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What Does My New GRE Score Mean?

This is probably the most frequently asked question on the Magoosh GRE Blog. I’m not surprised; ETS has given us nebulous guidelines as to how the old and new scores are going to match up, and a similarly nebulous score range that, for many, can mean the difference between acceptance to a competitive program and a second-tier one.

For now, we know the old scoring range, i.e. the one you received if you’ve taken the Revised GRE, will be equated with the new scoring range 130 – 170. Where it gets nebulous is trying to figure out exactly how a specific score translates from the old range to the new range. For instance, if I get a 167, is that the same as a 740 or a 780, or somewhere in between?

Another common question I get pertains to a specific school: will University X accept me with my current score? On one level, I’m flattered that people have conferred upon me an omniscience that I simply do not possess. Indeed, even University X is probably unsure at this point exactly what it will set as a cutoff on GRE scores, if, indeed, there is any cutoff.  For now, everybody will have to wait until November for ETS to figure out the conversion from the 200 – 800 range to the 130 – 170 range.

That doesn’t mean you are left totally in the dark. Check out U.S. News and Reports grad school survey. Sometimes, the program you are hoping to enter will be listed, along with a 25% – 75% quartile ranking, based on the old range, of the GRE scores of students who were admitted.

Because the old range still applies, you can get a sense of your chances of gaining admission to University X. So, if you take the Revised GRE, and your score ranges for both math and verbal are between 300-400, then that doesn’t bode well (nor does it necessarily preclude admission). However, if you score 300-400 on Verbal, and 700-800 on Quantitative, then your scores will probably be in the range I mentioned above. Again, this score wouldn’t guarantee admission. After all, if you are looking to get a Ph.D. in English, then such a score would probably preclude admission.

In regards to your new GRE score and acceptance to a university, I have no crystal ball, and even the universities themselves are most likely uncertain how everything is going to work out in the end. For now, we’ll have to wait for ETS to figure it all out. Meanwhile, work on creating the strongest application possible: having strong letters of recommendation and a persuasive, compelling essay are two things you can control.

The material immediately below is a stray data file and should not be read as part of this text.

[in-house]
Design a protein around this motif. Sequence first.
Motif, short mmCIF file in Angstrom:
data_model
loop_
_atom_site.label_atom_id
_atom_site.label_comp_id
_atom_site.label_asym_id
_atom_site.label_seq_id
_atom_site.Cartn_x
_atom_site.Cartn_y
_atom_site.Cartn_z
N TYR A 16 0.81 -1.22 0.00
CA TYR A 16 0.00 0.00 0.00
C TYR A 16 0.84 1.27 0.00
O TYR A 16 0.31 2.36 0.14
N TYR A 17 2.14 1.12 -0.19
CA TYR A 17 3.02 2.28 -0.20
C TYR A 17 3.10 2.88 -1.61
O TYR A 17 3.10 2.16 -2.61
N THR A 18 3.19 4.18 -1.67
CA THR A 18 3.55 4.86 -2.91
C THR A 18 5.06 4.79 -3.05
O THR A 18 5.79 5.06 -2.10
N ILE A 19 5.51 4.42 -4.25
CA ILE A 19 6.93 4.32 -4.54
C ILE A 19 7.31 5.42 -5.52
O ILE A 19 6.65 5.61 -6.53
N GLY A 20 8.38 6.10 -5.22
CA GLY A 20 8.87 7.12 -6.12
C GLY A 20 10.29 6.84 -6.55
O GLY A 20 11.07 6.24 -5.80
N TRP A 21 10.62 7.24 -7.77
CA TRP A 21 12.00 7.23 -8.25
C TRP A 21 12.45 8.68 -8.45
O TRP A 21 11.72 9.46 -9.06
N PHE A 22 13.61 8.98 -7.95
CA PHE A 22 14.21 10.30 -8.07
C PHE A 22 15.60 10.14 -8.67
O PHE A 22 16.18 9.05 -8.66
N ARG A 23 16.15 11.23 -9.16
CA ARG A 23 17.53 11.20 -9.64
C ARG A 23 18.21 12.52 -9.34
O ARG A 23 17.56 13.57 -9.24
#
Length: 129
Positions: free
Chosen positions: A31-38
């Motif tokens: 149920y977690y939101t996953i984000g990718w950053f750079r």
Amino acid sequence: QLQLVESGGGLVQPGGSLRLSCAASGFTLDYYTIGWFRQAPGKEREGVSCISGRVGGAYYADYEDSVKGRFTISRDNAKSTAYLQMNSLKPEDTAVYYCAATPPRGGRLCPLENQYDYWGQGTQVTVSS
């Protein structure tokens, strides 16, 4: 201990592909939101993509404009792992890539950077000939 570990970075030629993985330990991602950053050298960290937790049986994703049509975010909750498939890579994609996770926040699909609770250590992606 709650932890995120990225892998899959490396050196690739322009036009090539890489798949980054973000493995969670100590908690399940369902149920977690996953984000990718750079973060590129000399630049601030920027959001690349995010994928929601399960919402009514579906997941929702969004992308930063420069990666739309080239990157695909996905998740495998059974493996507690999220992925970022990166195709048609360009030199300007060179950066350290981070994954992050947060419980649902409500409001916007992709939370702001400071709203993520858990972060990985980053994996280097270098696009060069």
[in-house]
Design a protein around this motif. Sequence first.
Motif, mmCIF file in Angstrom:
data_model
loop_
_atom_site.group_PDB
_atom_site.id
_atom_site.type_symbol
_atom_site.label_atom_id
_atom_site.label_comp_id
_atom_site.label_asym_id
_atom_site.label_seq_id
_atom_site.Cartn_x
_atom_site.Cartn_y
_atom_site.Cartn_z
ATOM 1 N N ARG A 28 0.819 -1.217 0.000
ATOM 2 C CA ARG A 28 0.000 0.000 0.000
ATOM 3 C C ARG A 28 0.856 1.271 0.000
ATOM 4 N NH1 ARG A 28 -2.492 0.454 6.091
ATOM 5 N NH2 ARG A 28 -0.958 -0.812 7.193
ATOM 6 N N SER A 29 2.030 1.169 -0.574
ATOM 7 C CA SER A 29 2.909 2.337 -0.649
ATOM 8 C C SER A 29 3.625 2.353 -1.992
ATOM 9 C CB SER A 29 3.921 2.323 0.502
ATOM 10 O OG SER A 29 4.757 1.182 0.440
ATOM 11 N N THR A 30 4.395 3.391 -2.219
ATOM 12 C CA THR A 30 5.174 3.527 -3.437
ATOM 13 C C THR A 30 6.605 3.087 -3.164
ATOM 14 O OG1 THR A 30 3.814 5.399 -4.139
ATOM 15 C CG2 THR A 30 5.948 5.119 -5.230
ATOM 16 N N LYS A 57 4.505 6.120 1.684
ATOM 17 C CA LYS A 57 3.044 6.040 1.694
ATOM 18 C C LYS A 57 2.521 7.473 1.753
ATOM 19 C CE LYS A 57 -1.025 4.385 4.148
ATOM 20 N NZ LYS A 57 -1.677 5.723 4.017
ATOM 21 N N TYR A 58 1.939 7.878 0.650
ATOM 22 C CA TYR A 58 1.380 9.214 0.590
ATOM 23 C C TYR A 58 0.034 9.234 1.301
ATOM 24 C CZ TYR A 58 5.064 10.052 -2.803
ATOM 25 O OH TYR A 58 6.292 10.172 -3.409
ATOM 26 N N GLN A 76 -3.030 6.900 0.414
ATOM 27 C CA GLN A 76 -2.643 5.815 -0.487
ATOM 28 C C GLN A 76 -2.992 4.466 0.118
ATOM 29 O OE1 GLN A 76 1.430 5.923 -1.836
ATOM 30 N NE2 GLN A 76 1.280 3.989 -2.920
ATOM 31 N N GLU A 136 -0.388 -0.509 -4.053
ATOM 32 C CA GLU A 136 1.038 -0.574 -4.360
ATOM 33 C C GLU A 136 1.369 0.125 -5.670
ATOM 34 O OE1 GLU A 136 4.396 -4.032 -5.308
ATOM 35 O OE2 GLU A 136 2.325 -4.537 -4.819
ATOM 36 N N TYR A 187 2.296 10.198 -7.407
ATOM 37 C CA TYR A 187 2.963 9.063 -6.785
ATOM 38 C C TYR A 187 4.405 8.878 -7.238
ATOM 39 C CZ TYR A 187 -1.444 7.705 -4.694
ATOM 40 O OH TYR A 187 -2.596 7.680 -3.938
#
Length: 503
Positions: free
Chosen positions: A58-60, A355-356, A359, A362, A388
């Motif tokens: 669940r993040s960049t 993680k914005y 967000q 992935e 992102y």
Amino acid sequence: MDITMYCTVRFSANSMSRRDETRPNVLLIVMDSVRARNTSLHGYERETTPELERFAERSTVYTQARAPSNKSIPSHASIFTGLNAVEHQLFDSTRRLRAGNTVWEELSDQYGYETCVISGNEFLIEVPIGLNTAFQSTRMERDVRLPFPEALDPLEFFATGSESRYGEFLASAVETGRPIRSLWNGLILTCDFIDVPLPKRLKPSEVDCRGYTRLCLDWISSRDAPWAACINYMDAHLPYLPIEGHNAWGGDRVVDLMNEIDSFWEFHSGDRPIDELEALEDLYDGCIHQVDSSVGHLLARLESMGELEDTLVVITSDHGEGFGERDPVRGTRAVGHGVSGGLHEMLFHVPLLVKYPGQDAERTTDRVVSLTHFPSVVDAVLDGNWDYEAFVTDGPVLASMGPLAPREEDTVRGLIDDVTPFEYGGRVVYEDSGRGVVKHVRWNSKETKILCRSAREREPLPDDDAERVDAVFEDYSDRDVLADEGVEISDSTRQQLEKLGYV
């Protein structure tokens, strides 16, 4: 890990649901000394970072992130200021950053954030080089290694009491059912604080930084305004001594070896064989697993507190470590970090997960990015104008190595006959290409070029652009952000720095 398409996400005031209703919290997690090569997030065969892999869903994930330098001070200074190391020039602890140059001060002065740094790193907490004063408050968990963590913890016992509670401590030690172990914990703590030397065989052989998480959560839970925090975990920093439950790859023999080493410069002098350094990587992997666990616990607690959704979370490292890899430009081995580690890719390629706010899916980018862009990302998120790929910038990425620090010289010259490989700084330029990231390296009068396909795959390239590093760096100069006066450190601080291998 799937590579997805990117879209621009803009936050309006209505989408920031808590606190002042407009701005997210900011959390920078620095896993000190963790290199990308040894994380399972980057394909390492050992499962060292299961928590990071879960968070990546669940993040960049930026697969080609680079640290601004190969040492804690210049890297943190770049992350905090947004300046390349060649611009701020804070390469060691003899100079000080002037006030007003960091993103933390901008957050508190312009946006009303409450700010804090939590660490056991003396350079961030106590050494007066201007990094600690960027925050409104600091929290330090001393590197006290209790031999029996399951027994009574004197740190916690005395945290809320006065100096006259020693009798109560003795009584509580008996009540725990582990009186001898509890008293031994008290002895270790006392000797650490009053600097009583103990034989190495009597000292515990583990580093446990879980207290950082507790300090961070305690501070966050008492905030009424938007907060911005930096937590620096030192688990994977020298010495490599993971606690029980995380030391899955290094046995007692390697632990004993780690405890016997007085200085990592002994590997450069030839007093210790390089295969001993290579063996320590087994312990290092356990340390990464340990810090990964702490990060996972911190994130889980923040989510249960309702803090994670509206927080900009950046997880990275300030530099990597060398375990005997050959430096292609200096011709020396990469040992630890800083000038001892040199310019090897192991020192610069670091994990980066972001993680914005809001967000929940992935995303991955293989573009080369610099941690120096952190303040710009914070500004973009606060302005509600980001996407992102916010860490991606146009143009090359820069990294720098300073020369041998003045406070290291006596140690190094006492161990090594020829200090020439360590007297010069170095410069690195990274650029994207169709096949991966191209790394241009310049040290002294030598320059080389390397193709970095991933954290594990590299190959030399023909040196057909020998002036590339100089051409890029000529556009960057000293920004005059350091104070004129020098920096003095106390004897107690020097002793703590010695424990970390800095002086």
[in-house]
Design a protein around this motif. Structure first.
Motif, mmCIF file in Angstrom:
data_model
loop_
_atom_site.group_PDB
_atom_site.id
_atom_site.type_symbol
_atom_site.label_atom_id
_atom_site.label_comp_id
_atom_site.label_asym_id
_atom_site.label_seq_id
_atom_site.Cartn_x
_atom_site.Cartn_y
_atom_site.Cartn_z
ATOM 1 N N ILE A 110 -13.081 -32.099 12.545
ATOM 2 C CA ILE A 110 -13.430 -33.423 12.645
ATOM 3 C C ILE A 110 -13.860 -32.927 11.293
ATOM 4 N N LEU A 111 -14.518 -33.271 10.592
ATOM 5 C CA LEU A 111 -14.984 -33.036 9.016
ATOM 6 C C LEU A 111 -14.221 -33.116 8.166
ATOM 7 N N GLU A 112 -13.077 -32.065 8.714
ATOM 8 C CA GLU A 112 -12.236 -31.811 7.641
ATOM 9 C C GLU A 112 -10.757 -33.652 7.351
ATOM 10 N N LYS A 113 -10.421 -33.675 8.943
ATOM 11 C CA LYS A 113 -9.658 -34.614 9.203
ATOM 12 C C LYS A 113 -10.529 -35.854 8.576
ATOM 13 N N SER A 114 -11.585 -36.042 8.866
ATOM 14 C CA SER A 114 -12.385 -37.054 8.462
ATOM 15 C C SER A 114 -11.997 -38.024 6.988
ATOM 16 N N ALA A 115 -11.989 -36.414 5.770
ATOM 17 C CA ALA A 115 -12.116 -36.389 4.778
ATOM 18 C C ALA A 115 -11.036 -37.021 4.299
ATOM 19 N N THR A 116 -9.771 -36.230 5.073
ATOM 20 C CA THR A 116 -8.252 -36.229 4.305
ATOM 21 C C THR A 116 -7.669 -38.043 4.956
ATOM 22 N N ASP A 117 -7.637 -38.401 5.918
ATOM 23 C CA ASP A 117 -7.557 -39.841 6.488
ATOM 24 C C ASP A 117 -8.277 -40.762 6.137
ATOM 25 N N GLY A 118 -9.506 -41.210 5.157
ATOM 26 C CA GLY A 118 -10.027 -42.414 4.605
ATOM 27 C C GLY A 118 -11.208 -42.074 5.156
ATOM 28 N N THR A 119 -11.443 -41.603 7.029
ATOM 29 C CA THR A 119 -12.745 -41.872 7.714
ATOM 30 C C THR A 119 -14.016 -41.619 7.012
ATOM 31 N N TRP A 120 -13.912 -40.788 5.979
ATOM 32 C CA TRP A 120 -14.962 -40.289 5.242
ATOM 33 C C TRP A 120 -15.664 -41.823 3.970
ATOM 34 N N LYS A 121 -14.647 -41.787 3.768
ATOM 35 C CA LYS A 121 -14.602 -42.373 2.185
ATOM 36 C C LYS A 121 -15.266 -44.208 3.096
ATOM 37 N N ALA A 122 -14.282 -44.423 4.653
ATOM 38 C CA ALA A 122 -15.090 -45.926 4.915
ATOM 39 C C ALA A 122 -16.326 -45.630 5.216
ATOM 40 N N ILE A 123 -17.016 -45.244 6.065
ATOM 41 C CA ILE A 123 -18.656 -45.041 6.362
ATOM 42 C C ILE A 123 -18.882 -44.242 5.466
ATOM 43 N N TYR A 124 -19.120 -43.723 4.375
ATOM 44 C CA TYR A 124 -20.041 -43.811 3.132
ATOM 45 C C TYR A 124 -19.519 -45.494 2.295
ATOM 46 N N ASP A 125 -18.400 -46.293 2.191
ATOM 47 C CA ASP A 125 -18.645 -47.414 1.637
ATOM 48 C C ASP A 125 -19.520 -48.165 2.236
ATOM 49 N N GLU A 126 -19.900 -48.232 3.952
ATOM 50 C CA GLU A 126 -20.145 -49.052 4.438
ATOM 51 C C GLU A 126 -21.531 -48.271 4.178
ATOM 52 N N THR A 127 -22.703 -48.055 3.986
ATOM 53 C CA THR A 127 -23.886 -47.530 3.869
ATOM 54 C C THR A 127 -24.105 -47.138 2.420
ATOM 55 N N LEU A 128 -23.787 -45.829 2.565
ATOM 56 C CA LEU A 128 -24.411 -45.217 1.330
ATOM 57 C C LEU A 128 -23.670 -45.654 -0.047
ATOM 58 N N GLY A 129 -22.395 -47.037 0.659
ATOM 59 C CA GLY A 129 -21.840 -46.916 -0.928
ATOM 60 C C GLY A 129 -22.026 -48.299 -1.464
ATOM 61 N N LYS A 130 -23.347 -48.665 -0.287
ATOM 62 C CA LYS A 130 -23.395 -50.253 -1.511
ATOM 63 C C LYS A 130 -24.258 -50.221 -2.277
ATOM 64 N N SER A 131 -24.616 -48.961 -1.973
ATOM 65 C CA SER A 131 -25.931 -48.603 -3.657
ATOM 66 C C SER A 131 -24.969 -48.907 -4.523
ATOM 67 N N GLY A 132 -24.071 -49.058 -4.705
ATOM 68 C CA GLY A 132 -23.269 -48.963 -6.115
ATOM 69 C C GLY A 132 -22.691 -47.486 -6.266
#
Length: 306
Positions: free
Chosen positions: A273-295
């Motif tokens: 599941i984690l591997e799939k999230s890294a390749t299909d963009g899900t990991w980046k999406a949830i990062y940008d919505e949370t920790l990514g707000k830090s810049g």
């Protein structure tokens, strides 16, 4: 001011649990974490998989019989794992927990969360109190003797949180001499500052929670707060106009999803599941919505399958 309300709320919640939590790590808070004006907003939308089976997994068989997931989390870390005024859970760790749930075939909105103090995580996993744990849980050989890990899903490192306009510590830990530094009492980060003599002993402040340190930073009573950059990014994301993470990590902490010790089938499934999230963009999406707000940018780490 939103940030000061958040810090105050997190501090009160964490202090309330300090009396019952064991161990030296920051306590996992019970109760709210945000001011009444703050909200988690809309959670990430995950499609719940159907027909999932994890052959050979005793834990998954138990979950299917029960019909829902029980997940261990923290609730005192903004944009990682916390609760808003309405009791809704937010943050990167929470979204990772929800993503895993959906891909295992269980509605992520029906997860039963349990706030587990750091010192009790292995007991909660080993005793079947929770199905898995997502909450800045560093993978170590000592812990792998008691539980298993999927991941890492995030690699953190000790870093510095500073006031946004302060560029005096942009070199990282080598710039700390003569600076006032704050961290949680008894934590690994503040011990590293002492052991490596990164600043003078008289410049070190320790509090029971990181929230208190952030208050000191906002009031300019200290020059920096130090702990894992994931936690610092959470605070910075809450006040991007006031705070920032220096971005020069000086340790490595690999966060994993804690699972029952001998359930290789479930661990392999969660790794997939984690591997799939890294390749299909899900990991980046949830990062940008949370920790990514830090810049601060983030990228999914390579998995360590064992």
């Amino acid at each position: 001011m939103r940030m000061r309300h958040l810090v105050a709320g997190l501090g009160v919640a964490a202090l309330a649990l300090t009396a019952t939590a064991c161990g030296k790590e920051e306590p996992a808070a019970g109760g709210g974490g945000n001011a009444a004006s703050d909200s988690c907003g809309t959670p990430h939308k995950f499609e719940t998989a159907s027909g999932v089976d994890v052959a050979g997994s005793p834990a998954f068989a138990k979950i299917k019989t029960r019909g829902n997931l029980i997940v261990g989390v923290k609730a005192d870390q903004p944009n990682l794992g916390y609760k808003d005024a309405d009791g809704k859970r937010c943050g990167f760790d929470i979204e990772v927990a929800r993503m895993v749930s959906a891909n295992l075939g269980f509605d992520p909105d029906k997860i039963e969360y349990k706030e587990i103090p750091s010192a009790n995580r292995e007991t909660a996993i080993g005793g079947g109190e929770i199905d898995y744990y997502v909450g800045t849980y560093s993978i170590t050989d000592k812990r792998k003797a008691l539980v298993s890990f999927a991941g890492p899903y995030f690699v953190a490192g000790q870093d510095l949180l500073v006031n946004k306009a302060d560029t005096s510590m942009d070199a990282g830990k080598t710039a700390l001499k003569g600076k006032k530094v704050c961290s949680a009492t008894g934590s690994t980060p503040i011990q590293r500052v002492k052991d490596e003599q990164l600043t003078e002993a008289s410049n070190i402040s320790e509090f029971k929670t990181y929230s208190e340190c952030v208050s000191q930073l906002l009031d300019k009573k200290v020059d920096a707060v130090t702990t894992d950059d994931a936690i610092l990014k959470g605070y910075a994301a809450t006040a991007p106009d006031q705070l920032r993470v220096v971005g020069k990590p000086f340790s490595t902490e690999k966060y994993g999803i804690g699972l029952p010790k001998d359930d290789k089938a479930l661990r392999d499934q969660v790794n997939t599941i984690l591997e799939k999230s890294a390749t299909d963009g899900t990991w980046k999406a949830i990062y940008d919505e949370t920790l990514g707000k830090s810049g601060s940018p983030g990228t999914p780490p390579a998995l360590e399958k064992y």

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4 Responses to What Does My New GRE Score Mean?

  1. Roy May 22, 2012 at 9:01 pm #

    I am trying to figure out what my composite percentile is on the revised GRE. I’ve not seen any actual composite percentiles on the old or new version on the GRE website, but some schools ask for it. I have found some threads to use some method based on distributions provided by GRE to compute the old score to a percentile as listed below. I suppose I could use the score conversion 157Q = 730 77%, 163V = 650 93%. 730 + 650 = 1380. Based on the composite percentiles below that would put me somewhere around 96% overall. I understand most people do better on one section than the other which results in a higher overall percentage, but the I’m skeptical of the numbers below since GRE doesn’t provide them and suggests looking at only the relevant section percentile. I’m hoping that my overall score strength might offset my mediocre Q scores for engineering/science departments for PH.D. programs.

    1100 = 61%
    1150 = 70%
    1200 = 79%
    1250 = 85%
    1300 = 91%
    1350 = 95%
    1400 = 97%
    1450 = 98%
    1500+ = 99%

    • Chris Lele
      Chris May 23, 2012 at 12:01 pm #

      Hi Roy,

      I think it really depends on the program: perhaps some will look at the raw composite score. My hunch is–and GRE’s admonition backs it up–most schools will look at each score independently.

      The truth is most Engineering/science programs are going to be focused highly on the Q. At the same time, Ph.D. programs do look favorably upon high verbal scores (as usually a fair amount of writing is entailed).

      Hopefully that helps :).

  2. Amir October 7, 2011 at 3:12 pm #

    Helpful and a very different post…


    • Chris Lele
      Chris October 7, 2011 at 4:42 pm #

      Great thanks! Happy it was helpful!

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